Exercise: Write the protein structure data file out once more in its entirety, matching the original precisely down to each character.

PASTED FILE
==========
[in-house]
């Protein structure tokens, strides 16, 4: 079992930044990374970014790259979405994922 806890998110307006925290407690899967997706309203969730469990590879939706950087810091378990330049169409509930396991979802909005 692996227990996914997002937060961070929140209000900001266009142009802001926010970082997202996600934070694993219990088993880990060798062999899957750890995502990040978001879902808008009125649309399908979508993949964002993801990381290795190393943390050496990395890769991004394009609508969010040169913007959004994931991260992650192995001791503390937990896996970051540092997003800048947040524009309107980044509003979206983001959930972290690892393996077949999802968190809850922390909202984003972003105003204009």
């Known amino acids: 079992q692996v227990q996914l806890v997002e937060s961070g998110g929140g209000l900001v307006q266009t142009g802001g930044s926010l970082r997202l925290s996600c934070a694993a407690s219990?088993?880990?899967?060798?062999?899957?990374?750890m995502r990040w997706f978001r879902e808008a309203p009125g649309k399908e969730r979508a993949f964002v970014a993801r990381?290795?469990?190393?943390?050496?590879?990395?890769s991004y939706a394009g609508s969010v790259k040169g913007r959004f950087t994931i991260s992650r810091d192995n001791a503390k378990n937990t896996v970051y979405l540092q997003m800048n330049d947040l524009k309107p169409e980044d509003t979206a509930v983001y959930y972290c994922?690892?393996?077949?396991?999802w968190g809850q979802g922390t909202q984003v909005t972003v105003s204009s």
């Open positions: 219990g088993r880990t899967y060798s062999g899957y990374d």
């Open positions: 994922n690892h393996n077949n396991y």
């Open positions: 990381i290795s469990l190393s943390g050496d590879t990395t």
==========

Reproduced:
[in-house]
């Protein structure tokens, strides 16, 4: 079992930044990374970014790259979405994922 806890998110307006925290407690899967997706309203969730469990590879939706950087810091378990330049169409509930396991979802909005 692996227990996914997002937060961070929140209000900001266009142009802001926010970082997202996600934070694993219990088993880990060798062999899957750890995502990040978001879902808008009125649309399908979508993949964002993801990381290795190393943390050496990395890769991004394009609508969010040169913007959004994931991260992650192995001791503390937990896996970051540092997003800048947040524009309107980044509003979206983001959930972290690892393996077949999802968190809850922390909202984003972003105003204009």
């Known amino acids: 079992q692996v227990q996914l806890v997002e937060s961070g998110g929140g209000l900001v307006q266009t142009g802001g930044s926010l970082r997202l925290s996600c934070a694993a407690s219990?088993?880990?899967?060798?062999?899957?990374?750890m995502r990040w997706f978001r879902e808008a309203p009125g649309k399908e969730r979508a993949f964002v970014a993801r990381?290795?469990?190393?943390?050496?590879?990395?890769s991004y939706a394009g609508s969010v790259k040169g913007r959004f950087t994931i991260s992650r810091d192995n001791a503390k378990n937990t896996v970051y979405l540092q997003m800048n330049d947040l524009k309107p169409e980044d509003t979206a509930v983001y959930y972290c994922?690892?393996?077949?396991?999802w968190g809850q979802g922390t909202q984003v909005t972003v105003s204009s």
């Open positions: 219990g088993r880990t899967y060798s062999g899957y990374d």
């Open positions: 994922n690892h393996n077949n396991y």
């Open positions: 990381i290795s469990l190393s943390g050496d590879t990395t």